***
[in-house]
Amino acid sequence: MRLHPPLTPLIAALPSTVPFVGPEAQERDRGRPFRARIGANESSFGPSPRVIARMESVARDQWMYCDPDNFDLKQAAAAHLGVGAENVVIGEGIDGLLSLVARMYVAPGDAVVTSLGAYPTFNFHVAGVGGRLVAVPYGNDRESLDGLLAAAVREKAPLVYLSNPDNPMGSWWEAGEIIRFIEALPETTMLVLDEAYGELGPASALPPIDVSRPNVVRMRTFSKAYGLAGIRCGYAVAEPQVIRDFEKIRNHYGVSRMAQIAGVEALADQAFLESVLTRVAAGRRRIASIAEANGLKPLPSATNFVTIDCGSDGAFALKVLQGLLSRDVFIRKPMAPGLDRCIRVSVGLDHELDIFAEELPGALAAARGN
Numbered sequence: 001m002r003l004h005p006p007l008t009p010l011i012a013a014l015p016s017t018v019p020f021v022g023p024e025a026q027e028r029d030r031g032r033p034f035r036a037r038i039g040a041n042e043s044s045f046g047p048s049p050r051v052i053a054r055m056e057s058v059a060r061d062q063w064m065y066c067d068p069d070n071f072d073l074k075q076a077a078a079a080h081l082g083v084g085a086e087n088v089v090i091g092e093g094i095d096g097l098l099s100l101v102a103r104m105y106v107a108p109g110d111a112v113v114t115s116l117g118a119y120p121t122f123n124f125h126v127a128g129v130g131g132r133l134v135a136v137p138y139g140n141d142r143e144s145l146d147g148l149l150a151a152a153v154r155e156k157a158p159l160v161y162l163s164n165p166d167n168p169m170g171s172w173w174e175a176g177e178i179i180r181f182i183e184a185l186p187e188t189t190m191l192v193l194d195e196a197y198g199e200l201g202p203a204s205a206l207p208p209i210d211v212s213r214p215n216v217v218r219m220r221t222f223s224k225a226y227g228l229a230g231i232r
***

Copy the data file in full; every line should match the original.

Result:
[in-house]
Amino acid sequence: MRLHPPLTPLIAALPSTVPFVGPEAQERDRGRPFRARIGANESSFGPSPRVIARMESVARDQWMYCDPDNFDLKQAAAAHLGVGAENVVIGEGIDGLLSLVARMYVAPGDAVVTSLGAYPTFNFHVAGVGGRLVAVPYGNDRESLDGLLAAAVREKAPLVYLSNPDNPMGSWWEAGEIIRFIEALPETTMLVLDEAYGELGPASALPPIDVSRPNVVRMRTFSKAYGLAGIRCGYAVAEPQVIRDFEKIRNHYGVSRMAQIAGVEALADQAFLESVLTRVAAGRRRIASIAEANGLKPLPSATNFVTIDCGSDGAFALKVLQGLLSRDVFIRKPMAPGLDRCIRVSVGLDHELDIFAEELPGALAAARGN
Numbered sequence: 001m002r003l004h005p006p007l008t009p010l011i012a013a014l015p016s017t018v019p020f021v022g023p024e025a026q027e028r029d030r031g032r033p034f035r036a037r038i039g040a041n042e043s044s045f046g047p048s049p050r051v052i053a054r055m056e057s058v059a060r061d062q063w064m065y066c067d068p069d070n071f072d073l074k075q076a077a078a079a080h081l082g083v084g085a086e087n088v089v090i091g092e093g094i095d096g097l098l099s100l101v102a103r104m105y106v107a108p109g110d111a112v113v114t115s116l117g118a119y120p121t122f123n124f125h126v127a128g129v130g131g132r133l134v135a136v137p138y139g140n141d142r143e144s145l146d147g148l149l150a151a152a153v154r155e156k157a158p159l160v161y162l163s164n165p166d167n168p169m170g171s172w173w174e175a176g177e178i179i180r181f182i183e184a185l186p187e188t189t190m191l192v193l194d195e196a197y198g199e200l201g202p203a204s205a206l207p208p209i210d211v212s213r214p215n216v217v218r219m220r221t222f223s224k225a226y227g228l229a230g231i232r